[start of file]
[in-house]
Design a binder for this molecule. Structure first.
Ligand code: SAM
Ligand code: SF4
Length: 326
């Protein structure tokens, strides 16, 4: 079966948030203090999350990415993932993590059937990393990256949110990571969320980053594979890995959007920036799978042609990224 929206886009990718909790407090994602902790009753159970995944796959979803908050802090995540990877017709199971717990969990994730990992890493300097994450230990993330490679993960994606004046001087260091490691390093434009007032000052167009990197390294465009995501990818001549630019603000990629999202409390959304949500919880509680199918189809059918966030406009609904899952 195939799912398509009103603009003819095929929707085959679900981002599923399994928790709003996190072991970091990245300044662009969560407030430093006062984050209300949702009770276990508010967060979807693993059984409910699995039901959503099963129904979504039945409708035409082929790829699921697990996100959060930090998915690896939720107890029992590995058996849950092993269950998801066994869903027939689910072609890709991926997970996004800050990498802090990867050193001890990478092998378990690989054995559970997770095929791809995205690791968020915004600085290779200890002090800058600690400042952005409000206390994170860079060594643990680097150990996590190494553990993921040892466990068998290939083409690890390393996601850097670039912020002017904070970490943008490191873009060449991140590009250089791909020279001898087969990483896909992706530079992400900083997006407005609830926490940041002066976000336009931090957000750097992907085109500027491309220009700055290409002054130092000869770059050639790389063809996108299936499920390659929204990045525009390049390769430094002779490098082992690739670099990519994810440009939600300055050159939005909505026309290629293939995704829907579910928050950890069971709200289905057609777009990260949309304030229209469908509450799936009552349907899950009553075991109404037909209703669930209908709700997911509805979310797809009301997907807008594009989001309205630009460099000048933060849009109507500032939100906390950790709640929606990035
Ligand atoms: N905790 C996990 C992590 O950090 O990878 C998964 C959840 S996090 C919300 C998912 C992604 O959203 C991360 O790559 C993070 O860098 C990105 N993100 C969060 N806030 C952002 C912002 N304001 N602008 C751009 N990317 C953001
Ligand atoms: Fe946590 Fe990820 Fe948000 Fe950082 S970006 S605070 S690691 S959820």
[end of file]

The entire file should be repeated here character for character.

[in-house]
Design a binder for this molecule. Structure first.
Ligand code: SAM
Ligand code: SF4
Length: 326
């Protein structure tokens, strides 16, 4: 079966948030203090999350990415993932993590059937990393990256949110990571969320980053594979890995959007920036799978042609990224 929206886009990718909790407090994602902790009753159970995944796959979803908050802090995540990877017709199971717990969990994730990992890493300097994450230990993330490679993960994606004046001087260091490691390093434009007032000052167009990197390294465009995501990818001549630019603000990629999202409390959304949500919880509680199918189809059918966030406009609904899952 195939799912398509009103603009003819095929929707085959679900981002599923399994928790709003996190072991970091990245300044662009969560407030430093006062984050209300949702009770276990508010967060979807693993059984409910699995039901959503099963129904979504039945409708035409082929790829699921697990996100959060930090998915690896939720107890029992590995058996849950092993269950998801066994869903027939689910072609890709991926997970996004800050990498802090990867050193001890990478092998378990690989054995559970997770095929791809995205690791968020915004600085290779200890002090800058600690400042952005409000206390994170860079060594643990680097150990996590190494553990993921040892466990068998290939083409690890390393996601850097670039912020002017904070970490943008490191873009060449991140590009250089791909020279001898087969990483896909992706530079992400900083997006407005609830926490940041002066976000336009931090957000750097992907085109500027491309220009700055290409002054130092000869770059050639790389063809996108299936499920390659929204990045525009390049390769430094002779490098082992690739670099990519994810440009939600300055050159939005909505026309290629293939995704829907579910928050950890069971709200289905057609777009990260949309304030229209469908509450799936009552349907899950009553075991109404037909209703669930209908709700997911509805979310797809009301997907807008594009989001309205630009460099000048933060849009109507500032939100906390950790709640929606990035
Ligand atoms: N905790 C996990 C992590 O950090 O990878 C998964 C959840 S996090 C919300 C998912 C992604 O959203 C991360 O790559 C993070 O860098 C990105 N993100 C969060 N806030 C952002 C912002 N304001 N602008 C751009 N990317 C953001
Ligand atoms: Fe946590 Fe990820 Fe948000 Fe950082 S970006 S605070 S690691 S959820």